Another post from Ruchika Tulshyan:
Recession got you down? There’s a new way to reach a 1.3 billion-strong market. Rebrand your run-of-the-mill American product, launch a “luxury” ad campaign and sell it in China for 20 times what you sell it for in the U.S.
Don’t trust me? Pabst Blue Ribbon did it. The PBR beer that has hipsters paying $2 for a can was re-marketed and retails for a $44 bottle called “Blue Ribbon 1844” in China. Pabst Brewing Company insists the beer is a special brew only for China, different in taste from what they sell here. Even if that’s the case, it’s like Walmart trying to sell luxury bags at Louis Vuitton prices.
But that’s the genius of marketing abroad. You can wipe the slate clean and reposition yourself to be whatever you want to be. Ailing giant General Motors found their Chinese savior in Buick. GM capitalized on being perceived as a “big, strong American car” in China, and their Buick LaCrosse model is “the fastest-growing member of China’s premium upper-medium sedan segment,” according to GM. Two days ago they announced that they passed the 100,000 sales milestone, after less than a year of launching the sedan in China. GM caught on to the trend early – 1999 – and by 2006, became the best-selling foreign automaker in China.
I spoke to Scott Galloway, founder of Luxury Lab, a think tank for prestige brands. He said scaling up when selling overseas is nothing new – think of Heineken, an ordinary beer in the Netherlands, but a premium one here. What makes China unique is that American brands manufacture their products in China, but then attach a foreign tag to market them at a higher price. Galloway agrees, “there’s a mystery associated with foreign brands.”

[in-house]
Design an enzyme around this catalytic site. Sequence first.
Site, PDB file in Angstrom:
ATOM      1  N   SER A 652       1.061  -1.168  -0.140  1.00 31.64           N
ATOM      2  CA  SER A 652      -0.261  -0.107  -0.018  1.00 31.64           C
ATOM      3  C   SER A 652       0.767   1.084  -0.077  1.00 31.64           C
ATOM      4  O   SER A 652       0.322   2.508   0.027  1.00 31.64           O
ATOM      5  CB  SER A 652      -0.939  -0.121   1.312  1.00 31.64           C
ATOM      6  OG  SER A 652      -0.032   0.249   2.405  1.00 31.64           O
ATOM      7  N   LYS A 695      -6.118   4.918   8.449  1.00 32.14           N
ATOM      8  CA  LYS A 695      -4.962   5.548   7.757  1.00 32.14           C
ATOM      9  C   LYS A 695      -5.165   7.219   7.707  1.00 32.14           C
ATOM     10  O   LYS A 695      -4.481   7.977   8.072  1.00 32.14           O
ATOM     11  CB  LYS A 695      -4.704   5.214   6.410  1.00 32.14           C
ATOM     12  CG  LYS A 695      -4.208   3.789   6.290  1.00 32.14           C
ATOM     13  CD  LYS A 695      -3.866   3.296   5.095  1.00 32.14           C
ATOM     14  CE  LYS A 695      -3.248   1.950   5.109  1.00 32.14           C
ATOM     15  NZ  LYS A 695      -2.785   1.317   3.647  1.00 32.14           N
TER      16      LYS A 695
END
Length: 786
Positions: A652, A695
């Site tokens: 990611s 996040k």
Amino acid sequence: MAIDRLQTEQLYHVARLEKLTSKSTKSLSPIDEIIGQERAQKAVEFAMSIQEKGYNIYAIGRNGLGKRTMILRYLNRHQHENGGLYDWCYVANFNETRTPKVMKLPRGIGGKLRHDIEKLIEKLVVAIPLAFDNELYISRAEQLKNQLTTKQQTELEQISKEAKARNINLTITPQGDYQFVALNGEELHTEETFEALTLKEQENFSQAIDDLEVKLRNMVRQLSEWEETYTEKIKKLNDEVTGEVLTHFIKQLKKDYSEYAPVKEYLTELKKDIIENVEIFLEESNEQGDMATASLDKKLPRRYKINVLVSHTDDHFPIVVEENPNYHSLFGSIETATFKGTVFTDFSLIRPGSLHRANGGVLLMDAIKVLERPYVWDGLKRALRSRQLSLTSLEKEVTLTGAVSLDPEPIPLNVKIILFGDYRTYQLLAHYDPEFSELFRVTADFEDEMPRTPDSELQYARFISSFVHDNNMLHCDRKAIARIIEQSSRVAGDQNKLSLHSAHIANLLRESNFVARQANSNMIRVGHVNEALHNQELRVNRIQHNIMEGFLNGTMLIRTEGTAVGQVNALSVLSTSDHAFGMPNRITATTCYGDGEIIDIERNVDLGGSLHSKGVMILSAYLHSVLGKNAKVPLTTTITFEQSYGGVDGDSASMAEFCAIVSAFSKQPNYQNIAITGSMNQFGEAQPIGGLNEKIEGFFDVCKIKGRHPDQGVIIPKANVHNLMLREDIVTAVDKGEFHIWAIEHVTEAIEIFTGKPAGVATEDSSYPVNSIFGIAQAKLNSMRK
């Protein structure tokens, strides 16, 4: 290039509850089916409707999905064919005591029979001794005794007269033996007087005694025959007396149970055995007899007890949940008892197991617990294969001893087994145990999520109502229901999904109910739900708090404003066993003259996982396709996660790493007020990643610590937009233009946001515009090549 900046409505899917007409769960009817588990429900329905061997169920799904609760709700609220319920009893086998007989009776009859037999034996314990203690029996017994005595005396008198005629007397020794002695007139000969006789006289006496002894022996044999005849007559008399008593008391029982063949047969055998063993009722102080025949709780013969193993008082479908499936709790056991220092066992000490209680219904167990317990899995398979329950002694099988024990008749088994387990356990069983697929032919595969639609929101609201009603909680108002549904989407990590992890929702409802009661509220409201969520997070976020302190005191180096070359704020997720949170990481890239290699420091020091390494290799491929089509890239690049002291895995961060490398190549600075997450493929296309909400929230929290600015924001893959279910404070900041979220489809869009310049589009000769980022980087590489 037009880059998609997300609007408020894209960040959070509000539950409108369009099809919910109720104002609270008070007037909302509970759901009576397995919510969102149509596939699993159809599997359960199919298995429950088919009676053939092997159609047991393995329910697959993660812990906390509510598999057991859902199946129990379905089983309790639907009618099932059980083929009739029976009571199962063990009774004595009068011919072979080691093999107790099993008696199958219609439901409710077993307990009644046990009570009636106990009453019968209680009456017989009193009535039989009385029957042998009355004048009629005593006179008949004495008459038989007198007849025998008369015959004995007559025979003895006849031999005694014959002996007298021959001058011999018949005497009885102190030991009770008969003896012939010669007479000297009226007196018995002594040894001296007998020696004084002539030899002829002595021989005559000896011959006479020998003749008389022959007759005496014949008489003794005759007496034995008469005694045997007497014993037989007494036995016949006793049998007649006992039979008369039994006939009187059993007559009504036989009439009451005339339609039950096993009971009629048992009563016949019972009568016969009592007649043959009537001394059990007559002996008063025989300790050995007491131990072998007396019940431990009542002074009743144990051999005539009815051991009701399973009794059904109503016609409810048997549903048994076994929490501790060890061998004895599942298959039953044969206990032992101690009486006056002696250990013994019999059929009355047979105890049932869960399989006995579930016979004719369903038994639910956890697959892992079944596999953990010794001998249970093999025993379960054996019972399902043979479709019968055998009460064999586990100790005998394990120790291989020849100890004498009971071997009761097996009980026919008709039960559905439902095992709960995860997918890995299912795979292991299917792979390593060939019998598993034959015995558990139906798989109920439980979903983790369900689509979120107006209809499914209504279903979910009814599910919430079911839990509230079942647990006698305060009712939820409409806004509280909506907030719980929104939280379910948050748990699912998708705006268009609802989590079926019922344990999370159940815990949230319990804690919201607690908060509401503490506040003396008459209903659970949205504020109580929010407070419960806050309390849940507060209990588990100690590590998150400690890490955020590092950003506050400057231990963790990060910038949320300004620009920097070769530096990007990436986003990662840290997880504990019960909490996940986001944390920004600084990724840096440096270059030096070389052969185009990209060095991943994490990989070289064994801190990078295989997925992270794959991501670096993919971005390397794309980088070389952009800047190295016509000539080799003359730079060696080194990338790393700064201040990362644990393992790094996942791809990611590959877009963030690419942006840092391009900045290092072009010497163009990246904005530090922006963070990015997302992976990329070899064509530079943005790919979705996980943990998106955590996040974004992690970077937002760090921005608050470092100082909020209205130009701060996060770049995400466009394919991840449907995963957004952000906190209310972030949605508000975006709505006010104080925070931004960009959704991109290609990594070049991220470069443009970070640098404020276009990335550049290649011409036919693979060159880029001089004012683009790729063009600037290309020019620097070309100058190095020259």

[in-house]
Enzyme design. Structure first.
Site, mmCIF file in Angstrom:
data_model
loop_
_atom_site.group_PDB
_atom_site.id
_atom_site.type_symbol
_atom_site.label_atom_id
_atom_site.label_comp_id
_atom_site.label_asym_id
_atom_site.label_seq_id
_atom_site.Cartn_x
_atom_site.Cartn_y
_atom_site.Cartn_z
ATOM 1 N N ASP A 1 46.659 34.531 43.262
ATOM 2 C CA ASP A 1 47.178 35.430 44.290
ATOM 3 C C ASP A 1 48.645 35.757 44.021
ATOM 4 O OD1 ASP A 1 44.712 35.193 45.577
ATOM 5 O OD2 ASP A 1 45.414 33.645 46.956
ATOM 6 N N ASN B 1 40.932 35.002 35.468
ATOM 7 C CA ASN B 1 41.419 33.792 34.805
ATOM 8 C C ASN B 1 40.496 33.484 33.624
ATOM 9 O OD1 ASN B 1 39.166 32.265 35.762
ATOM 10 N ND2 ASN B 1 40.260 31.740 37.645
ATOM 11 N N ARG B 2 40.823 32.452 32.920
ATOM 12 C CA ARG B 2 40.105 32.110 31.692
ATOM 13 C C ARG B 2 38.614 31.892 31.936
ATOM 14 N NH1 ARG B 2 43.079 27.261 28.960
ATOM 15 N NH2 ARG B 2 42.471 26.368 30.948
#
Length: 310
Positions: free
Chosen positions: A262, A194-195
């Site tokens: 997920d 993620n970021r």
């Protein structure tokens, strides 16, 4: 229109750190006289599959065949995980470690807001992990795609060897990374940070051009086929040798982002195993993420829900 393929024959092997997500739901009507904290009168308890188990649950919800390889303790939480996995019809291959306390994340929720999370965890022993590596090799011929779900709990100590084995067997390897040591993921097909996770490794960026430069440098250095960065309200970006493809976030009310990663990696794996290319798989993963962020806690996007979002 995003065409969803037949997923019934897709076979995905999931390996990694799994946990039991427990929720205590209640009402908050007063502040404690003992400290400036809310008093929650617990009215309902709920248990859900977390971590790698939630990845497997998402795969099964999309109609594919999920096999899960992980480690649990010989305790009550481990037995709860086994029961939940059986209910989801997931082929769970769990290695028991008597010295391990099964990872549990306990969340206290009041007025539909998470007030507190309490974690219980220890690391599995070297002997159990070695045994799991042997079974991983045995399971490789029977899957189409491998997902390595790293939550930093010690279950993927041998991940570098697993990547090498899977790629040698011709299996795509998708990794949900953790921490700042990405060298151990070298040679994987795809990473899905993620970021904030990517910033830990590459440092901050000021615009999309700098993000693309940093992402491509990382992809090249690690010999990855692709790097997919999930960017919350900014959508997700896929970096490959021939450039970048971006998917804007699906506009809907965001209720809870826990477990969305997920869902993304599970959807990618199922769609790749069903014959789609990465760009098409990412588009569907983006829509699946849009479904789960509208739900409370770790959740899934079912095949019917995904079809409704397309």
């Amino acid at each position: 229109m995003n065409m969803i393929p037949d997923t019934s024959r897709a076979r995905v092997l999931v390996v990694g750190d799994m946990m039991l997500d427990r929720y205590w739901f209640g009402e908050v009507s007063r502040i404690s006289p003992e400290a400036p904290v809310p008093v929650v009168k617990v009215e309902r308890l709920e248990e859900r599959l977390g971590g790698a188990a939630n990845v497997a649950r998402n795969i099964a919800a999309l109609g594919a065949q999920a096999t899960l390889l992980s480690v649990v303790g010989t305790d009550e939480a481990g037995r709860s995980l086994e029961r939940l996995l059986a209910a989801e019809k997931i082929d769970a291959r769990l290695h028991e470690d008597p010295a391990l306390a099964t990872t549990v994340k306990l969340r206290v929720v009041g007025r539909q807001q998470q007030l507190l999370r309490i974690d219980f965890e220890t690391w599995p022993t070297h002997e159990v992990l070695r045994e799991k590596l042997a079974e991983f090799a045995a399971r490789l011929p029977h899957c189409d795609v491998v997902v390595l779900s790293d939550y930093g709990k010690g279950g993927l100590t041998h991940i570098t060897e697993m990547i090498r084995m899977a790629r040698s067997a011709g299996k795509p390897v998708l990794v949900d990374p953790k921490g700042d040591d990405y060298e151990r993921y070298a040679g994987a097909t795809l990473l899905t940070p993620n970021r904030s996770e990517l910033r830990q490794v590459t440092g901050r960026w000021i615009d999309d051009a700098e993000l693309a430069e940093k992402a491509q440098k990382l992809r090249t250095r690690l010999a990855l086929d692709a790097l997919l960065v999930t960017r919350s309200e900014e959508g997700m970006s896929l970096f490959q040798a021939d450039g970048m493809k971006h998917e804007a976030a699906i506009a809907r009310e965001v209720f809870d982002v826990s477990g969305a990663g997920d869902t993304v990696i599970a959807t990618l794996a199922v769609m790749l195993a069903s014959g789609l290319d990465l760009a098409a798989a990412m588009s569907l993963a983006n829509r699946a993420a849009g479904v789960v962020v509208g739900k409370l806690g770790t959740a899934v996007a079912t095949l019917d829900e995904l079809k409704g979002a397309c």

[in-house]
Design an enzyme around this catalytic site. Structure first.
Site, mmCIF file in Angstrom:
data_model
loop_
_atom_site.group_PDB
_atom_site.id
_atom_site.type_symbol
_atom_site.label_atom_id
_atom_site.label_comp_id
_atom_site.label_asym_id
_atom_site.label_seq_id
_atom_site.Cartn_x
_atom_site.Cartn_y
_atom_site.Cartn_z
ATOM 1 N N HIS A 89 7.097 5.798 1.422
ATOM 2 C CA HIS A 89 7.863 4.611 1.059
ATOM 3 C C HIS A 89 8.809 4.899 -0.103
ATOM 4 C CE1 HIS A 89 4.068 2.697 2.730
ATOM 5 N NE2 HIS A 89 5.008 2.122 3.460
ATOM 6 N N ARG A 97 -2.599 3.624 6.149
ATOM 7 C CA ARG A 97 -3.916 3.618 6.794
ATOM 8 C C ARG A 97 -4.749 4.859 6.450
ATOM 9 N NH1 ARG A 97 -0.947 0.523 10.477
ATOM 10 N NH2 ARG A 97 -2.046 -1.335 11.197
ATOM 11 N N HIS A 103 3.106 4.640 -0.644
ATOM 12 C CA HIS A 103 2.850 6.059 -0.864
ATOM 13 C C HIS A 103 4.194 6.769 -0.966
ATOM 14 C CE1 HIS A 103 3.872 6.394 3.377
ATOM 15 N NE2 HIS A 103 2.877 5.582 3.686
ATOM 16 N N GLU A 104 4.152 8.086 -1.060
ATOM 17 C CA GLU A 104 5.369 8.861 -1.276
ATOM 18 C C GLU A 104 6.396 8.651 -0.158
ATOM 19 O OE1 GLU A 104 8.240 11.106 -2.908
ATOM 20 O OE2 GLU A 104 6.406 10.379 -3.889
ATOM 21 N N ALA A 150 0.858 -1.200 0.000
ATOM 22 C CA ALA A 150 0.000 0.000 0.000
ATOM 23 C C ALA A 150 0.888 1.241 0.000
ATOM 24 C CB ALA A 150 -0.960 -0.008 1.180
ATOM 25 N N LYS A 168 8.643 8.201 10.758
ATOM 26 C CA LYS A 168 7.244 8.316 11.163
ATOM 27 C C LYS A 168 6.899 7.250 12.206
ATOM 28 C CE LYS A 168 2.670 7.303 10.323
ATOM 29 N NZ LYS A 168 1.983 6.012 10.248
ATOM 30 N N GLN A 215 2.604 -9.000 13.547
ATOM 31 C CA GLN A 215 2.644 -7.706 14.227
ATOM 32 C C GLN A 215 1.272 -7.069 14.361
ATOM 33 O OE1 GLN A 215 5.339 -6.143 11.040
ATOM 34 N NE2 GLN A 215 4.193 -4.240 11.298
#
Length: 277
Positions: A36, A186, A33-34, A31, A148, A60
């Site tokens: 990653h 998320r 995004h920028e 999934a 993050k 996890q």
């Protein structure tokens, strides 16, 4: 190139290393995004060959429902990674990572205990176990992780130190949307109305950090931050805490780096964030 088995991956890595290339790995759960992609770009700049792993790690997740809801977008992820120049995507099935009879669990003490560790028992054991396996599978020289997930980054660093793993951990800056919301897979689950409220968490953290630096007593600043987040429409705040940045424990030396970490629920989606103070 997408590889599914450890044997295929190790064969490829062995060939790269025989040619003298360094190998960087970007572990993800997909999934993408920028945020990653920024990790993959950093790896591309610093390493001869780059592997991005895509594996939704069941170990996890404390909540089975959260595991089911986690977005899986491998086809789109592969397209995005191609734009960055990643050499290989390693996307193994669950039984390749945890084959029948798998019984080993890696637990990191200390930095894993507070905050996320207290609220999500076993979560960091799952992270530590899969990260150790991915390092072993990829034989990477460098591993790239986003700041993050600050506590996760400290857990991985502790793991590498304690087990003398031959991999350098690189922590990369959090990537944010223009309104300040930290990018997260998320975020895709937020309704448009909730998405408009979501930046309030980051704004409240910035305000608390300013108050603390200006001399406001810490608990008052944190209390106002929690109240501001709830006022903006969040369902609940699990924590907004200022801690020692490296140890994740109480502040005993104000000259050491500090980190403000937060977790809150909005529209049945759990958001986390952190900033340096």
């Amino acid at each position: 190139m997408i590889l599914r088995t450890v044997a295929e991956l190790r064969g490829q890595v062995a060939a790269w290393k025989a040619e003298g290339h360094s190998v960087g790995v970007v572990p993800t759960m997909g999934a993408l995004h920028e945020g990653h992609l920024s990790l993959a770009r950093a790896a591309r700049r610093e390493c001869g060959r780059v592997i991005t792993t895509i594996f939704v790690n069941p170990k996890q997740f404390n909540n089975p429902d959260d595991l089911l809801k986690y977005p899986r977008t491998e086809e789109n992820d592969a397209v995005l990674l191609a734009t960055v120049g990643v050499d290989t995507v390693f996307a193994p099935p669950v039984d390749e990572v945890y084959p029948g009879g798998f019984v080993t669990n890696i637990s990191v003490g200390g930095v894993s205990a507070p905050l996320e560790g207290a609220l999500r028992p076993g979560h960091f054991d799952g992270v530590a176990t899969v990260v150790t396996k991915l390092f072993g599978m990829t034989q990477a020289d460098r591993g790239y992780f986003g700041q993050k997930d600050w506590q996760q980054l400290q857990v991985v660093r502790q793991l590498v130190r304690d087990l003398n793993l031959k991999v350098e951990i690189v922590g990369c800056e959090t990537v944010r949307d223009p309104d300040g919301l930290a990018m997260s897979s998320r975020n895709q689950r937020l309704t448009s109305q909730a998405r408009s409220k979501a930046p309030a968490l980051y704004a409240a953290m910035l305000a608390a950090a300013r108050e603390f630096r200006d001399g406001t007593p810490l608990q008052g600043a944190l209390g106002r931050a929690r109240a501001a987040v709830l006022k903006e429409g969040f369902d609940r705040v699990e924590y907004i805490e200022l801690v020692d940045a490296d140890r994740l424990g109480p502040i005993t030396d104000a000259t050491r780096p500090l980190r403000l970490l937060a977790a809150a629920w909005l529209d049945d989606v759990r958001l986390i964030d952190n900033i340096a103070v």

Coach was part of the “aspirational” luxury market that doubled its revenues between 1998-2008. China was a key market for the brand, where they marketed themselves as “high-end” and sold products at a hefty premium. And the best part of it? The majority of items were made in China, so consumers weren’t even paying more for a “Made in America” label. It’s a win-win situation in terms of costs too.
What’s more, China’s particularly brand-conscious society is spending. A Euromonitor study estimates 31.7 percent of total households in China will have an annual disposable income of US$5,000-$15,000 this year—which is a decent amount for China. “China is where the action is. In five years, they will have more millionaire and billionaires than any other country,” says Galloway.
Only one concern remains – what if brands start to flow in reverse? China Mobile has ten times more mobile subscribers than any US mobile company, and Google’s 20 percent market share in China is far outweighed by the 70 percent share of local brand Baidu. If Chinese brands start to market here, well that’s a whole another story. For now, retailers, it may be time to go East. If you haven’t already.